Traded 3B Kevin Kouzmanoff and RHP Andrew Brown to the San Diego Padres for 2B Josh Barfield
It's interesting that the Indians have for the second straight off-season traded a player more valuable to the other team than to the Indians. Coco Crisp was the Indians' left fielder, but the Red Sox were looking at him as their center fielder. And this year, the Indians were trying Kevin Kouzmanoff out at first base, while the Padres wanted him at third base. And of course, the first trade precipatated the second, as Andy Marte made Kevin Kouzmanoff expendable. To complete the circle, Kouzmanoff will probably join Josh Bard in the Padres' starting lineup next spring; Josh was also part of last winter's blockbuster.
What of the players traded?
Kevin Kouzmanoff was arguably the MVP of the minors if you look just at offensive statistics. Because Andy Marte was in Buffalo, Kevin torched Eastern League pitching to the tune of a .389/.449/.660 line. When he finally got promoted to Buffalo, he hit .353/.409/.647. And he hit the first pitch in saw as a major-leaguer deep into the Arlington night for a gland slam. Granted, it was downhill from there, but overall, 2006 was a very nice year for Kevin.
Looking at his numbers, I see a guy who swings early in the count, and is obviously good at making contact. Due to his age, what you see is probably what you're going to get, and that certainly isn't a bad thing. I think Shea Hillenbrand is a pretty good comp, and don't think that's a put-down; most prospects will never give you that kind of production.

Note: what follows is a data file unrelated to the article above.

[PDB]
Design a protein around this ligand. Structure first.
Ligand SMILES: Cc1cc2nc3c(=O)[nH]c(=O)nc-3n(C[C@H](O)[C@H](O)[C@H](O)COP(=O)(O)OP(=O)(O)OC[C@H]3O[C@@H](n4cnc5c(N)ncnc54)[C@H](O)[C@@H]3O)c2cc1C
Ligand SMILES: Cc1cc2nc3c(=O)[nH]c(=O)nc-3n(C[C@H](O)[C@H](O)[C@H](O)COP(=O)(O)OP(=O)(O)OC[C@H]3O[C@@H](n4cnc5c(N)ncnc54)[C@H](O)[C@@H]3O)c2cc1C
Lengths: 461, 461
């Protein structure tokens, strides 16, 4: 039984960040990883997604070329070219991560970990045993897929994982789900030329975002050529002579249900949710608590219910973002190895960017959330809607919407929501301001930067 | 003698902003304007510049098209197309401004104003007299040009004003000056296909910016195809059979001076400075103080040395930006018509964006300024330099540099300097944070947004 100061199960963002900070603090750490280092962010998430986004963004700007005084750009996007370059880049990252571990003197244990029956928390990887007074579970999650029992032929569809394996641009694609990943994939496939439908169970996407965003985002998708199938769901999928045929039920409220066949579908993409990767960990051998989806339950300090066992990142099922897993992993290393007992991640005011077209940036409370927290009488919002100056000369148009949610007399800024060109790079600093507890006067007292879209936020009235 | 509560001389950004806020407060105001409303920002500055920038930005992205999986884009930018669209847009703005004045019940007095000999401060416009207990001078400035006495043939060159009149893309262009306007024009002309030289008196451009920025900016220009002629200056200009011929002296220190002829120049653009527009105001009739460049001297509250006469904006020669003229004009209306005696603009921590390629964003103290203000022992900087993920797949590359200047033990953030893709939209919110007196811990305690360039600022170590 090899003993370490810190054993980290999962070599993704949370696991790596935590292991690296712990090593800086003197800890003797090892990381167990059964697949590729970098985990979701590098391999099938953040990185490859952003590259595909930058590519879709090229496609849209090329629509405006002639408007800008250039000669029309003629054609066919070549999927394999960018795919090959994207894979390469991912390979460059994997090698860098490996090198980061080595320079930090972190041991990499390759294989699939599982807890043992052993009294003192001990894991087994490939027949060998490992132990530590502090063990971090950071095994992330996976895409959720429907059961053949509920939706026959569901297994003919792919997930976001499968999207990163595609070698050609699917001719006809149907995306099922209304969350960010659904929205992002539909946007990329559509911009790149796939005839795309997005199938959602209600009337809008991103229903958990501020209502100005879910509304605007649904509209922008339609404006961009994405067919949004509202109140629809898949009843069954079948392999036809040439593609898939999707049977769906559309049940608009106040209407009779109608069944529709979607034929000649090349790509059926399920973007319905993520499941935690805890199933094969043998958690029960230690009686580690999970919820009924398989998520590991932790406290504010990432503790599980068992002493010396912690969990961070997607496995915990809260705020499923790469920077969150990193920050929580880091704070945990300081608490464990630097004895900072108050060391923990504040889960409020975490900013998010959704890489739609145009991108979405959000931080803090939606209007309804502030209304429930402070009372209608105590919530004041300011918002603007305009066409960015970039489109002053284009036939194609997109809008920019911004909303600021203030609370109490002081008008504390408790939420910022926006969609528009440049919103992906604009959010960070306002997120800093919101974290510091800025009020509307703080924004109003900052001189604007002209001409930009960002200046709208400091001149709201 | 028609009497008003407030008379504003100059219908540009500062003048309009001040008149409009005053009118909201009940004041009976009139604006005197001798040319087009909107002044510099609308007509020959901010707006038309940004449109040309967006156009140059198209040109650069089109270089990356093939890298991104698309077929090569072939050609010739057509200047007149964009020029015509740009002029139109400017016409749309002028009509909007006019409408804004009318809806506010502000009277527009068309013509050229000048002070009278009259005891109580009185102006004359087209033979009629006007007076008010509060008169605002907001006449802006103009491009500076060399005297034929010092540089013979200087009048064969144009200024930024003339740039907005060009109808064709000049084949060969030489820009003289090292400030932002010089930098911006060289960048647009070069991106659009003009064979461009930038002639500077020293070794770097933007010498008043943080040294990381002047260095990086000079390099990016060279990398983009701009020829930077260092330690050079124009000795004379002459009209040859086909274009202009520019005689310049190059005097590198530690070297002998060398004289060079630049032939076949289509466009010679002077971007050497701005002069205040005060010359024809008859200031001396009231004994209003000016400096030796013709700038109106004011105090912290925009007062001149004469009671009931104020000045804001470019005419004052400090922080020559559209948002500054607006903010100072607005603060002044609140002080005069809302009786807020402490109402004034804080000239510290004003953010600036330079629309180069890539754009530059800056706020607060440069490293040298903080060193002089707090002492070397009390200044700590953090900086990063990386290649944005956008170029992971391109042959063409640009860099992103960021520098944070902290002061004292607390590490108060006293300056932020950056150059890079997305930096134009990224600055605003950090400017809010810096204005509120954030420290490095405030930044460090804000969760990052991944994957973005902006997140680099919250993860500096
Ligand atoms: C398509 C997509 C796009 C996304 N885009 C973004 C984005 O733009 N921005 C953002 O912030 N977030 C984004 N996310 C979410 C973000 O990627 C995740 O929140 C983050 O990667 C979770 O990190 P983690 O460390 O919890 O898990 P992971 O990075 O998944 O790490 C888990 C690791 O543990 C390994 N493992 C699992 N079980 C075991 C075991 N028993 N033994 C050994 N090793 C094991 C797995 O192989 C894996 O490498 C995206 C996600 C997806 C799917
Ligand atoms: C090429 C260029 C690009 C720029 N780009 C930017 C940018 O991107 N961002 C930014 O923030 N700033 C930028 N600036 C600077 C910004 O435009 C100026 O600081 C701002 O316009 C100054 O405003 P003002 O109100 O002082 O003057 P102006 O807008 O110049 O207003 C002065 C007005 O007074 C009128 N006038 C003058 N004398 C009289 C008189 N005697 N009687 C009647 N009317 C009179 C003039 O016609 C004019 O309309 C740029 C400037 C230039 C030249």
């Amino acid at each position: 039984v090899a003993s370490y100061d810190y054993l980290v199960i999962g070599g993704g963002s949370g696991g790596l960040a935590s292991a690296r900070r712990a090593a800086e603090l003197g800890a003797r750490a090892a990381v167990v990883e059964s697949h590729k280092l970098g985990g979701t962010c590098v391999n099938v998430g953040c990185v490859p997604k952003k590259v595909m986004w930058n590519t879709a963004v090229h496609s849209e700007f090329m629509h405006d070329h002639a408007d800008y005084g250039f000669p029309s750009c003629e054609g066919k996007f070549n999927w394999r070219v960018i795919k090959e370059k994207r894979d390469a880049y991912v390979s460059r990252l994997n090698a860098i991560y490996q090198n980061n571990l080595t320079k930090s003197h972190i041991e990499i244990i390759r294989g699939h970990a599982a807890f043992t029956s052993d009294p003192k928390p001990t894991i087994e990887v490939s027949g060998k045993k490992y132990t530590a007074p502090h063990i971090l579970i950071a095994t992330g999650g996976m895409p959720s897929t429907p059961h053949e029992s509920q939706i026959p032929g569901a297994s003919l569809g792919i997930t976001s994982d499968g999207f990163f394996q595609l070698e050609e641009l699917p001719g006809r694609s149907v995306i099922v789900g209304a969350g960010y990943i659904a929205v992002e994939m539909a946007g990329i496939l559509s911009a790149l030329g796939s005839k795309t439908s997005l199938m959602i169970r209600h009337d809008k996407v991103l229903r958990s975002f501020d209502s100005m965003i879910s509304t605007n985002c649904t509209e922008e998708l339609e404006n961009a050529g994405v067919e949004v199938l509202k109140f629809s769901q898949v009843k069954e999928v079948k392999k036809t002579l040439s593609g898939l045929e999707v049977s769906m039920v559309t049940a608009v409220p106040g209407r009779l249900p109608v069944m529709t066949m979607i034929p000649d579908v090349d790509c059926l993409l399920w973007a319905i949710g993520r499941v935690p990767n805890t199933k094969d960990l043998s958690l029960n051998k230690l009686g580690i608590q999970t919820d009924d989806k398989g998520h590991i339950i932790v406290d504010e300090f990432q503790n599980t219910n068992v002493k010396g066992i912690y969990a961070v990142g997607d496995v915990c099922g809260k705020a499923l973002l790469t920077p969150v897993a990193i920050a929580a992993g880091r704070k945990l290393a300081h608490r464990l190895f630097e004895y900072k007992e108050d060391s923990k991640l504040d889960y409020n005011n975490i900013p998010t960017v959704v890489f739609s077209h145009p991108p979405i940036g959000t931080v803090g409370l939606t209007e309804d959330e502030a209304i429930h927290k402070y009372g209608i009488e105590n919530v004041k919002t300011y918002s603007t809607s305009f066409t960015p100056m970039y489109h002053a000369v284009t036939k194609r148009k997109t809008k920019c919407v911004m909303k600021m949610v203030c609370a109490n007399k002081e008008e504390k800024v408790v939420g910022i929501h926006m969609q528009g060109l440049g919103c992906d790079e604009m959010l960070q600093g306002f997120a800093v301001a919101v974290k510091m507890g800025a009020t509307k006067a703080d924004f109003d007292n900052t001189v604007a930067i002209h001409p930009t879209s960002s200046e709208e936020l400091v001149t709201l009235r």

I covered Andrew Brown in detail a couple weeks back, and certainly nothing's happened to change my opinion. He has some promise, but the Indians have promising arms by the bucketload - what they need are good relievers. Assuming they'll reload the bullpen, there probably wasn't room for Brown in it (he's out of options), and I'd rather they move him now in a trade of consequence than worry about losing him on waivers in five months.
Josh Barfield is 23 years old, has exactly one year of service time, and hit .280/.318/.423 in San Diego, which thanks to Petco's cavernous confines equates to a 94 OPS+. There are two splits (sample size caveat!) worth noting: he hit .319/.355/.484 on the road, and .331/.378/.587 against left-handed pitching. Barfield, like Kouzmanoff, likes to swing: he saw on average 3.5 pitches per plate appearance. When attempting a steal, he was successful 80% of the time, a very nice percentage. And yes, he's the son of Jesse Barfield, former Blue Jay and Yankee.
Both teams traded for similar (in terms of service time) players that filled gaping holes. It saved cash for both clubs, in that most of the solutions for their problems would have millions of dollars. Instead, they swapped renewable contracts, freeing up money to fill voids elsewhere. The Indians can now use the $4-5M earmarked to find a second baseman to land an outfielder or a reliever. And they now have a second baseman that they control for the next five years.